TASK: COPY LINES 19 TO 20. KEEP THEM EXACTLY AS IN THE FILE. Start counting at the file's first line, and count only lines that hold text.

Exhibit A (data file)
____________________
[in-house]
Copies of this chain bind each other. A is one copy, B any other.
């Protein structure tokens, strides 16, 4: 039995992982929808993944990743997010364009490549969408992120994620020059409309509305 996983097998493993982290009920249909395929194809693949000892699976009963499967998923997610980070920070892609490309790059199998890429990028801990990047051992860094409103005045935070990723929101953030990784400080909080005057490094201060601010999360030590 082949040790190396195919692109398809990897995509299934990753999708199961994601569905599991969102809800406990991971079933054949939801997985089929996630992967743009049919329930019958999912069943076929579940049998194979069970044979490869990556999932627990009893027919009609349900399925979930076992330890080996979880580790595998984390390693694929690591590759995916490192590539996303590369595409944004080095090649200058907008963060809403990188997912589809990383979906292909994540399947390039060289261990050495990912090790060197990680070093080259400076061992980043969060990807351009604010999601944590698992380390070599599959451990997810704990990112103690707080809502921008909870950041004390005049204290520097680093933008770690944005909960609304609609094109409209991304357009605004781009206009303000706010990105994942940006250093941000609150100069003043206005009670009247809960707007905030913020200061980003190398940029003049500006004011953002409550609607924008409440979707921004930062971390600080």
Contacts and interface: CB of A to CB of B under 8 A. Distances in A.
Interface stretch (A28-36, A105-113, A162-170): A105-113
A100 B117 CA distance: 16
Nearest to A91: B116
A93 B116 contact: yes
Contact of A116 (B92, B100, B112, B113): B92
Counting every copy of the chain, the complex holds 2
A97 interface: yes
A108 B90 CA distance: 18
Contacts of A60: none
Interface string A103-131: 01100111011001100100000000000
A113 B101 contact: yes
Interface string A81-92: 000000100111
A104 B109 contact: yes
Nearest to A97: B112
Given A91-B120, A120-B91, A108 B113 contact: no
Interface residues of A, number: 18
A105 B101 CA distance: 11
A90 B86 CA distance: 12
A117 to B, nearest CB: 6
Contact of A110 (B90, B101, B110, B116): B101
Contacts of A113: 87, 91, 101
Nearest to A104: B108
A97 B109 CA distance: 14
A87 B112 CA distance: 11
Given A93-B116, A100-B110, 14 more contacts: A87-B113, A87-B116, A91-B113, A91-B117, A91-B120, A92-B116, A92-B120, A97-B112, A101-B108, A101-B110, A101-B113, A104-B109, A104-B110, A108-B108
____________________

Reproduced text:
Given A91-B120, A120-B91, A108 B113 contact: no
Interface residues of A, number: 18